A construction or repair project can be complex depending on its scope or the type of project. Some common issues in such projects include inadequate risk management, limited resources, poor communication with subcontractors, lack of structure, injuries on construction sites, and delayed cash flow.
Hiring an experienced general contractor for the construction or repair project can make your life easier, as they can handle the project timeline, budget constraints, resource allocation, and other aspects. They can also handle the hiring of subcontractors depending on the requirements of your project. On this page, you will find an overview of a general contractor’s job description and responsibilities and the difference between a general contractor and a subcontractor.
What is a General Contractor?
A general contractor is responsible for the overall coordination of a project and can be hired for commercial or residential projects. However, minor construction or repair projects might not require the services of a general contractor.
A general contractor is typically involved in projects that are larger in scope, involve multiple resources, and require coordination throughout different phases of the project. A general contractor could be an individual or a company that takes on the responsibility of the project.
Any delays in the completion of the construction project or communications with the vendors or subcontractors are typically handled by the general contractor. In some cases, the general contractor is the primary contact for the property owner. In other cases, the general contractor would report to the construction manager, who is responsible for the entire project and is the primary contact of the property owner. For a design-build project, the general contractor would handle the design and construction of the project, whereas, in a design-bid-build project, they would only handle the construction after the architect has completed the design.
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What Does a General Contractor Do?
The following are some of the primary responsibilities of a general contractor:
- Responsible for completing the construction or repair project according to the project timeline, design, and budget.
- Handle communications with vendors, workers, material suppliers, and other types of resources.
- Survey the construction site regularly to identify and fix any issues that need attention.
- Hire and manage sub-contractors.
- In design-build projects, the general contractor ensures that the architect finalizes the design based on the agreed-upon budget and timeframe.
- Responsible for creating and managing the project schedule and having all the subcontractors follow the schedule.
- The contractor ensures the safety of everyone working on the project, including informing them of any potential safety hazards in the construction project.
- Supervise the operation of equipment to prevent any misuse or injury.
- Licensing and renting equipment.
- After the project is complete, the general contractor collects lien waivers and ensures all subcontractors are paid on time.
The Difference Between a General Contractor and Subcontractor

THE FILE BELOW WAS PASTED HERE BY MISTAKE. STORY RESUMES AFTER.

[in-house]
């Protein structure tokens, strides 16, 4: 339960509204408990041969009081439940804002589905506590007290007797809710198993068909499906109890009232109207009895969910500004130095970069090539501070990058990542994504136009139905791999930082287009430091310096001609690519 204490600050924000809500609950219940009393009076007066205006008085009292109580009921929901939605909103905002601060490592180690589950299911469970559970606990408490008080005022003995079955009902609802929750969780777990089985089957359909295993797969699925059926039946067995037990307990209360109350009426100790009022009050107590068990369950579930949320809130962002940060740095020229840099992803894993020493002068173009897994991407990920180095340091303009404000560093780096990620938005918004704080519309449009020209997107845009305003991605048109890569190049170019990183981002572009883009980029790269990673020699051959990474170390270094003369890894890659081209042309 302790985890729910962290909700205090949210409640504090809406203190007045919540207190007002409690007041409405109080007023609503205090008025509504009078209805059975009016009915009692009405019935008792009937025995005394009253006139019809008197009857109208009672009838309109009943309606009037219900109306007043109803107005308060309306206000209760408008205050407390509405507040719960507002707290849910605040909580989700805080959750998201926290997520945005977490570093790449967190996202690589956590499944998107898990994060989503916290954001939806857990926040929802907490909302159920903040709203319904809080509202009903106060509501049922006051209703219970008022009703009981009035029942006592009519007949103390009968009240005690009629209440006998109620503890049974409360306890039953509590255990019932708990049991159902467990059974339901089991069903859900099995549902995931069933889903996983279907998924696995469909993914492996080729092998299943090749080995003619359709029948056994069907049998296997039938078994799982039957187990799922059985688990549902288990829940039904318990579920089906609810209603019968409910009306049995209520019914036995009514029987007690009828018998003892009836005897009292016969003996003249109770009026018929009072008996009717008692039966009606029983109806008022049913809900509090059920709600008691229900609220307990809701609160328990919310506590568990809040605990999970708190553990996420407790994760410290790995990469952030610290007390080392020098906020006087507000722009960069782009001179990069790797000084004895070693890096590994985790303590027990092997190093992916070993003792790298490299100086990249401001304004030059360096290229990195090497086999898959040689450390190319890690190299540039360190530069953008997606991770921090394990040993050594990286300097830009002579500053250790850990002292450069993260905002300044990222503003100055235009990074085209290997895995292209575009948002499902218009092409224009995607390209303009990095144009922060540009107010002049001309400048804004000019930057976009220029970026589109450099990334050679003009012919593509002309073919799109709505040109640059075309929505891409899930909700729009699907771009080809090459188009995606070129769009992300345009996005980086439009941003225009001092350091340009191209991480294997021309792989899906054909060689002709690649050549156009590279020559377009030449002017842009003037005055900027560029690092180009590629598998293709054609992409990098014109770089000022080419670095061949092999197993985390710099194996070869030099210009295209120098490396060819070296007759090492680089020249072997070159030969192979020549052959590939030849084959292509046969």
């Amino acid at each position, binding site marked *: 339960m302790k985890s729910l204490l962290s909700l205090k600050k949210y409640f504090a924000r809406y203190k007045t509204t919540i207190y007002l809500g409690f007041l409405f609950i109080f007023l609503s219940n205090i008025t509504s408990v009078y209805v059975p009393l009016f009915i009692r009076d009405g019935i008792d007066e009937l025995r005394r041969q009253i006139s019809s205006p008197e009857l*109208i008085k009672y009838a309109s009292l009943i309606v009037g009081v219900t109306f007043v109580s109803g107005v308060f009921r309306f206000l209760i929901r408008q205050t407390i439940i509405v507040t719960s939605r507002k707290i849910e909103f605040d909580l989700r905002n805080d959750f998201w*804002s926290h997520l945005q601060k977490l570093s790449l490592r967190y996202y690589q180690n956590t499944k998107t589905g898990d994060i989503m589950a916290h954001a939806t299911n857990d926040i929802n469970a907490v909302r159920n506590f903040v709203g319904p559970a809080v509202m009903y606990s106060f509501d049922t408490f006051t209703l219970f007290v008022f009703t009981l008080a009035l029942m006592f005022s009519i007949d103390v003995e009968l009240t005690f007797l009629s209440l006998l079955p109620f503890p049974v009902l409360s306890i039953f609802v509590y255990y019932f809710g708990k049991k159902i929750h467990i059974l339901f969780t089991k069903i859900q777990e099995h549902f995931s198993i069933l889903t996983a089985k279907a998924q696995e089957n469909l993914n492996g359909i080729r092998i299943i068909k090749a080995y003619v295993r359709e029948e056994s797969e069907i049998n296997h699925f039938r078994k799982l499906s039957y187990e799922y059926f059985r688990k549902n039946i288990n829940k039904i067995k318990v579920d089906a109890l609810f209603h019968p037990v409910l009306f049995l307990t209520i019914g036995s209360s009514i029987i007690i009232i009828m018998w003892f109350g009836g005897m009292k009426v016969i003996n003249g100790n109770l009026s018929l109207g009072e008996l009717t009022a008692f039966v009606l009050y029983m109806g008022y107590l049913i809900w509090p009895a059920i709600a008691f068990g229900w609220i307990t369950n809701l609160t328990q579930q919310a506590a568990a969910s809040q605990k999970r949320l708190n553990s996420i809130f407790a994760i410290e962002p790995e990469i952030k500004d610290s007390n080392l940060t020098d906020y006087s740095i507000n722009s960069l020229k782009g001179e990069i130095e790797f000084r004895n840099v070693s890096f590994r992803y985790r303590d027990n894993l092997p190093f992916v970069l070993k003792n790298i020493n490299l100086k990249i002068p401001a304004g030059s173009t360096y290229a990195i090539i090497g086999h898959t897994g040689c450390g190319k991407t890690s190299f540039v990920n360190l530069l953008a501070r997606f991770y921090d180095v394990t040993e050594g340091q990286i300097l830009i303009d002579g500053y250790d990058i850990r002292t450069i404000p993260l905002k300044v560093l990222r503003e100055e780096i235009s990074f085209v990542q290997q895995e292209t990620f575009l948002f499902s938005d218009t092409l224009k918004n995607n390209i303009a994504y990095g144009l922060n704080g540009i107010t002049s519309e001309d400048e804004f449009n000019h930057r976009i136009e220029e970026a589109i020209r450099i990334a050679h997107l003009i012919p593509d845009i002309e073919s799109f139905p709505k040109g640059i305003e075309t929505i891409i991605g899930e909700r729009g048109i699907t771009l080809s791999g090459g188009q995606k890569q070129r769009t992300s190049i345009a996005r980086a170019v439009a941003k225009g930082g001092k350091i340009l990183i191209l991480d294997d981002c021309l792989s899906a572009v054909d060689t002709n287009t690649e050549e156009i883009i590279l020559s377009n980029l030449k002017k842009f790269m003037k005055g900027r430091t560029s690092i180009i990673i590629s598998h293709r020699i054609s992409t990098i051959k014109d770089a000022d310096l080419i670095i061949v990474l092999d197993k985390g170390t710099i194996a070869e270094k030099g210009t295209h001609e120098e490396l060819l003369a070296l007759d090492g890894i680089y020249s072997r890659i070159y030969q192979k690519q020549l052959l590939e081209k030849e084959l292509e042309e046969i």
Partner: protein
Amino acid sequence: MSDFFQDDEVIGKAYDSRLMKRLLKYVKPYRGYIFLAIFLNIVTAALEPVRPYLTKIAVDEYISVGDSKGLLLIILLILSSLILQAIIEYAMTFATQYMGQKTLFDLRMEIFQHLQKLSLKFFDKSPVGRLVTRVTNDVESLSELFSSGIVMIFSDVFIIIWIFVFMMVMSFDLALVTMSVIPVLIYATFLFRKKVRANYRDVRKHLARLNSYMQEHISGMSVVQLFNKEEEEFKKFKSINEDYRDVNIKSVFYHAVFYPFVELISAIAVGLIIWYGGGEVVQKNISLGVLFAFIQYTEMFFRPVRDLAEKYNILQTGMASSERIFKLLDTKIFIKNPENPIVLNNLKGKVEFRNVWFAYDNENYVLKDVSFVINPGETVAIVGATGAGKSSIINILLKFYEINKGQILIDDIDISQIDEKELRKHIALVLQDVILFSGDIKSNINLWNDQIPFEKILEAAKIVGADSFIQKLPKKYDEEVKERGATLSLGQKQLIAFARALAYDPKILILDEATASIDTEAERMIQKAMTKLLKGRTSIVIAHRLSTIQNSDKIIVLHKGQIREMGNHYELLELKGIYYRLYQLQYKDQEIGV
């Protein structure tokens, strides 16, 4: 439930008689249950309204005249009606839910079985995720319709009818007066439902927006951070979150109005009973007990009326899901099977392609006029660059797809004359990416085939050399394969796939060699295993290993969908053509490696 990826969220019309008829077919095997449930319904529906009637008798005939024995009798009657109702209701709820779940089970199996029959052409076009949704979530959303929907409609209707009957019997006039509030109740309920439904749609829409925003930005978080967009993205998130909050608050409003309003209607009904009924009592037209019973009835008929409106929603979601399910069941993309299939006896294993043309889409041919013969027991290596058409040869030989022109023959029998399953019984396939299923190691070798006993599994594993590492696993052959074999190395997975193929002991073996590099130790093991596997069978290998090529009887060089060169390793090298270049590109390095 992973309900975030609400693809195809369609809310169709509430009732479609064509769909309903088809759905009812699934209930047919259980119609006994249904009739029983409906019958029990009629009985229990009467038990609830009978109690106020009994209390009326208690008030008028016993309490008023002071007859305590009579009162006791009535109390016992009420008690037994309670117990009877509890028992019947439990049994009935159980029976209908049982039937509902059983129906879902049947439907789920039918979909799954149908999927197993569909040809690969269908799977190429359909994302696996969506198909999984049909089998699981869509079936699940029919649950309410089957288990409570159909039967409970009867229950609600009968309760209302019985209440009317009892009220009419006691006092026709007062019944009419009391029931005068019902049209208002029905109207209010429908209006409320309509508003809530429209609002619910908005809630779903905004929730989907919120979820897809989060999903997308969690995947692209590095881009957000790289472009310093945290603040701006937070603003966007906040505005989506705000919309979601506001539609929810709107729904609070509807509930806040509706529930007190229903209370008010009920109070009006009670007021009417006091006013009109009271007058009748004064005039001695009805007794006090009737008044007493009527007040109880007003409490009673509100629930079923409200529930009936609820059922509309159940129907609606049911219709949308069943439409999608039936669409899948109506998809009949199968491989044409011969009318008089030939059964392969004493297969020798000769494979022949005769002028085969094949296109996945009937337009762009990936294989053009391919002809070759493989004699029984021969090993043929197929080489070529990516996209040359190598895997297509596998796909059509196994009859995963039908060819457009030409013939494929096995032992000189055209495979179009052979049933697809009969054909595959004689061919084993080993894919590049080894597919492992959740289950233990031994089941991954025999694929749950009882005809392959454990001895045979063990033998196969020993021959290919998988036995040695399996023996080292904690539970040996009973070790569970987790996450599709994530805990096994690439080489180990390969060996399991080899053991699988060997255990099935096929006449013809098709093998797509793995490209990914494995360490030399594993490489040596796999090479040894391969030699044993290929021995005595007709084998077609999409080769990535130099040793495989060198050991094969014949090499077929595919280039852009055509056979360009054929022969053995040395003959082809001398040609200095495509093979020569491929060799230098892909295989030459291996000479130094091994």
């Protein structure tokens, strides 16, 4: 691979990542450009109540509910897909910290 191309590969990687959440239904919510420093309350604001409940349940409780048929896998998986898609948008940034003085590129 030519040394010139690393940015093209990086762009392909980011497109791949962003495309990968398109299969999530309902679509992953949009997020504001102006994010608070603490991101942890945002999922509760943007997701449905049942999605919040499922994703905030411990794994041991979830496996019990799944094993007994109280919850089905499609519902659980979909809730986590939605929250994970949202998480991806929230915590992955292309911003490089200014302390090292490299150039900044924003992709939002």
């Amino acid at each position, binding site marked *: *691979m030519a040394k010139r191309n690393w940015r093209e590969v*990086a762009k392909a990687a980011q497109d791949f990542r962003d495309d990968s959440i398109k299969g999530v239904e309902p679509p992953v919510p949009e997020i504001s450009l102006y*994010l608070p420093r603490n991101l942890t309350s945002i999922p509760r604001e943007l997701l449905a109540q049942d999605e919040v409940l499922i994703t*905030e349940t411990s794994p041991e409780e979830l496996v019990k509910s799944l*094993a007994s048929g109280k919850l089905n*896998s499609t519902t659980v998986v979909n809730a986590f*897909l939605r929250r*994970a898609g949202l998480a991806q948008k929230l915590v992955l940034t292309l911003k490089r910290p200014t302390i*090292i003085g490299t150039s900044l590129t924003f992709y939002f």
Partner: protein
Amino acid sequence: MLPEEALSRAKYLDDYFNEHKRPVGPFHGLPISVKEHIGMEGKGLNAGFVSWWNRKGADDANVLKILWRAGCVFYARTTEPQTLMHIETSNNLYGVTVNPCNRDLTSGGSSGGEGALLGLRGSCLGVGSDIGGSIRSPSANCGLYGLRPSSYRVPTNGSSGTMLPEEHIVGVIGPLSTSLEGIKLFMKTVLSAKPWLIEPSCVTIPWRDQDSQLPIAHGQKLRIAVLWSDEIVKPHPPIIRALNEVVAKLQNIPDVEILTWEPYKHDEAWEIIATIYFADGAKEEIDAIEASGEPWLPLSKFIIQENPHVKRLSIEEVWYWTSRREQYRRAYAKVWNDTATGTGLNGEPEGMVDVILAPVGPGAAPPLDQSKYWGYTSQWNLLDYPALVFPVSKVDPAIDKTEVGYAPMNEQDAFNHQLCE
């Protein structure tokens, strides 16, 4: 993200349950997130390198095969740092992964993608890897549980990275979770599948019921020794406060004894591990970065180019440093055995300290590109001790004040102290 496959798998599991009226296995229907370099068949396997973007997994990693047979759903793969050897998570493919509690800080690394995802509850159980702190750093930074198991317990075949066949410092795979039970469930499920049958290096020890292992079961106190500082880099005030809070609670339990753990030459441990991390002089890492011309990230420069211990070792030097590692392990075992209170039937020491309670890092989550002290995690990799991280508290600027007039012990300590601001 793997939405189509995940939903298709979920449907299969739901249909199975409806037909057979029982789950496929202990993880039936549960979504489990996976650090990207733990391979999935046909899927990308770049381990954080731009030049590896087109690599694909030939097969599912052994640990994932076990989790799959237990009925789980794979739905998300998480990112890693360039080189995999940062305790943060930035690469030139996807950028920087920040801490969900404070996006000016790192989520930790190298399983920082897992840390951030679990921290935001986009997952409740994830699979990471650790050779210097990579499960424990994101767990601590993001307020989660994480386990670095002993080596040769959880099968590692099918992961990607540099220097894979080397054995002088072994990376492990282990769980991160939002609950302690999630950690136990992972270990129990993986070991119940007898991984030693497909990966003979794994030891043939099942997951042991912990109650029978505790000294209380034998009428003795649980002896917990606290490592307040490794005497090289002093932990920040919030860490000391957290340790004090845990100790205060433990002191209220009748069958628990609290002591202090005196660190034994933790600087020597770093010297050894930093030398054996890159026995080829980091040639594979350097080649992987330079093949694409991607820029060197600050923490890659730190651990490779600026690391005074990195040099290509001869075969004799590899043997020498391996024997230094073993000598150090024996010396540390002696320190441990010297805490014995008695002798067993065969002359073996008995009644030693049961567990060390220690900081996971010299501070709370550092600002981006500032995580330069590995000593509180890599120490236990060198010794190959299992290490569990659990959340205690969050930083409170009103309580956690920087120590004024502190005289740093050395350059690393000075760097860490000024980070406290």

The owners of the project would hire a general contractor, who in turn would hire subcontractors. The general contractor is typically responsible for supervising multiple resources at the construction site and is a single source of communication with the property owner.
In contrast, a subcontractor is a company or individual that performs a part of the project. Typically, the general contractor hires several subcontractors for a construction project. A company or individual can be a general contractor on one project and a subcontractor on another.
The general contractor is responsible for the day-to-day activities at the construction site, from groundbreaking to project completion. On the other hand, subcontractors are responsible for their specific job, such as the installation or removal of items, while a general contractor has a larger scope of responsibilities.
In some cases, the general contractor can be the prime contractor who holds the contract for the construction project. The owner pays the general contractor, who further processes the payment of subcontractors.
License Requirements & Qualifications for General Contractors in Pennsylvania
In some states, it is required by law that all general contractors must be licensed. A licensed general contractor must comply with all state tax, insurance, and safety requirements. The licensing requirement can differ due to the jurisdiction of the state or city. For instance, in Pennsylvania, general contractors do not require a state license to work.
However, professional licenses add to the general contractor’s credibility and help them land high-profile projects. If you need to hire a general contractor, consider asking them about their licenses and permits. You can also ask them to share customer testimonials and reviews.
In some cases, a general contractor without a license cannot protect their lien rights and could face multiple penalties. In addition, general contractors might also need to handle the legal aspects of construction projects, which require the contractor to have applicable permits and licenses.
Robert Major Construction Corp recommends that you do some research before hiring a general contractor to ensure a good fit with your project. It might be worth talking to their previous customers or visiting their completed projects to get a better understanding of what to expect from them. Discussing the project schedule, budget, and other expectations with the general contractor will help minimize any misunderstandings after the project has begun.